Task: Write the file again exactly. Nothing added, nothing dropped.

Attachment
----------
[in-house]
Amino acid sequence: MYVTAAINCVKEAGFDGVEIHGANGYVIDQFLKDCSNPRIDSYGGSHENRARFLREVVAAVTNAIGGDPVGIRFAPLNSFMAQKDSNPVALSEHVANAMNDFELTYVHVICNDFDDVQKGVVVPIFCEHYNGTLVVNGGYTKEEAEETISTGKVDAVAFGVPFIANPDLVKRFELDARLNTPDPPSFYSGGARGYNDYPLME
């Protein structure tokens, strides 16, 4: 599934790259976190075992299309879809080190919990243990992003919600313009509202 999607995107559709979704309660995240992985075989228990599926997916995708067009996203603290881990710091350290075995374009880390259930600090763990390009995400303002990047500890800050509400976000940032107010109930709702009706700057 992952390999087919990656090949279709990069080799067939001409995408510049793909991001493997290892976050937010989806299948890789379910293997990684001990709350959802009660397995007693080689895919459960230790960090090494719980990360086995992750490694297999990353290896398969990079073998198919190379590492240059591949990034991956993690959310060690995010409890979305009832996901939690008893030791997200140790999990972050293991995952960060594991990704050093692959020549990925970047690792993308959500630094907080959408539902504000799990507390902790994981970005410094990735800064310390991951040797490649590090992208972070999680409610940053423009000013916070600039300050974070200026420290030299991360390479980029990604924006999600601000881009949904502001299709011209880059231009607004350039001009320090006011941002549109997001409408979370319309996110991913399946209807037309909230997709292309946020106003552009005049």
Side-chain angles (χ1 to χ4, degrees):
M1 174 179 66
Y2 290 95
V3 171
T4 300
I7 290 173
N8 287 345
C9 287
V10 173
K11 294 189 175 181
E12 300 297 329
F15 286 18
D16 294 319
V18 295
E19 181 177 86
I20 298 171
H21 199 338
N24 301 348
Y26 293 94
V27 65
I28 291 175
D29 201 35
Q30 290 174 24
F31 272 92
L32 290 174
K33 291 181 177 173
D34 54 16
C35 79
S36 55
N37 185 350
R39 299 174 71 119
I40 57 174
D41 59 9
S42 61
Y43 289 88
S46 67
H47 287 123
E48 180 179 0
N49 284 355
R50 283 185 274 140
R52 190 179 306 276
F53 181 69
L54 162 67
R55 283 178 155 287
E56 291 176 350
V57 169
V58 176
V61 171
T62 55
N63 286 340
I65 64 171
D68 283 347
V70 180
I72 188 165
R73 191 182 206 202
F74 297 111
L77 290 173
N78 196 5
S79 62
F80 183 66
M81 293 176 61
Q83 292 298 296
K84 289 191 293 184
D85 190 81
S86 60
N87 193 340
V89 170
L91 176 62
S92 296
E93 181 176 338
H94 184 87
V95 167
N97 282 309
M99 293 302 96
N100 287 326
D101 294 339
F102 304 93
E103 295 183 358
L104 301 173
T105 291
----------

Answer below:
[in-house]
Amino acid sequence: MYVTAAINCVKEAGFDGVEIHGANGYVIDQFLKDCSNPRIDSYGGSHENRARFLREVVAAVTNAIGGDPVGIRFAPLNSFMAQKDSNPVALSEHVANAMNDFELTYVHVICNDFDDVQKGVVVPIFCEHYNGTLVVNGGYTKEEAEETISTGKVDAVAFGVPFIANPDLVKRFELDARLNTPDPPSFYSGGARGYNDYPLME
């Protein structure tokens, strides 16, 4: 599934790259976190075992299309879809080190919990243990992003919600313009509202 999607995107559709979704309660995240992985075989228990599926997916995708067009996203603290881990710091350290075995374009880390259930600090763990390009995400303002990047500890800050509400976000940032107010109930709702009706700057 992952390999087919990656090949279709990069080799067939001409995408510049793909991001493997290892976050937010989806299948890789379910293997990684001990709350959802009660397995007693080689895919459960230790960090090494719980990360086995992750490694297999990353290896398969990079073998198919190379590492240059591949990034991956993690959310060690995010409890979305009832996901939690008893030791997200140790999990972050293991995952960060594991990704050093692959020549990925970047690792993308959500630094907080959408539902504000799990507390902790994981970005410094990735800064310390991951040797490649590090992208972070999680409610940053423009000013916070600039300050974070200026420290030299991360390479980029990604924006999600601000881009949904502001299709011209880059231009607004350039001009320090006011941002549109997001409408979370319309996110991913399946209807037309909230997709292309946020106003552009005049």
Side-chain angles (χ1 to χ4, degrees):
M1 174 179 66
Y2 290 95
V3 171
T4 300
I7 290 173
N8 287 345
C9 287
V10 173
K11 294 189 175 181
E12 300 297 329
F15 286 18
D16 294 319
V18 295
E19 181 177 86
I20 298 171
H21 199 338
N24 301 348
Y26 293 94
V27 65
I28 291 175
D29 201 35
Q30 290 174 24
F31 272 92
L32 290 174
K33 291 181 177 173
D34 54 16
C35 79
S36 55
N37 185 350
R39 299 174 71 119
I40 57 174
D41 59 9
S42 61
Y43 289 88
S46 67
H47 287 123
E48 180 179 0
N49 284 355
R50 283 185 274 140
R52 190 179 306 276
F53 181 69
L54 162 67
R55 283 178 155 287
E56 291 176 350
V57 169
V58 176
V61 171
T62 55
N63 286 340
I65 64 171
D68 283 347
V70 180
I72 188 165
R73 191 182 206 202
F74 297 111
L77 290 173
N78 196 5
S79 62
F80 183 66
M81 293 176 61
Q83 292 298 296
K84 289 191 293 184
D85 190 81
S86 60
N87 193 340
V89 170
L91 176 62
S92 296
E93 181 176 338
H94 184 87
V95 167
N97 282 309
M99 293 302 96
N100 287 326
D101 294 339
F102 304 93
E103 295 183 358
L104 301 173
T105 291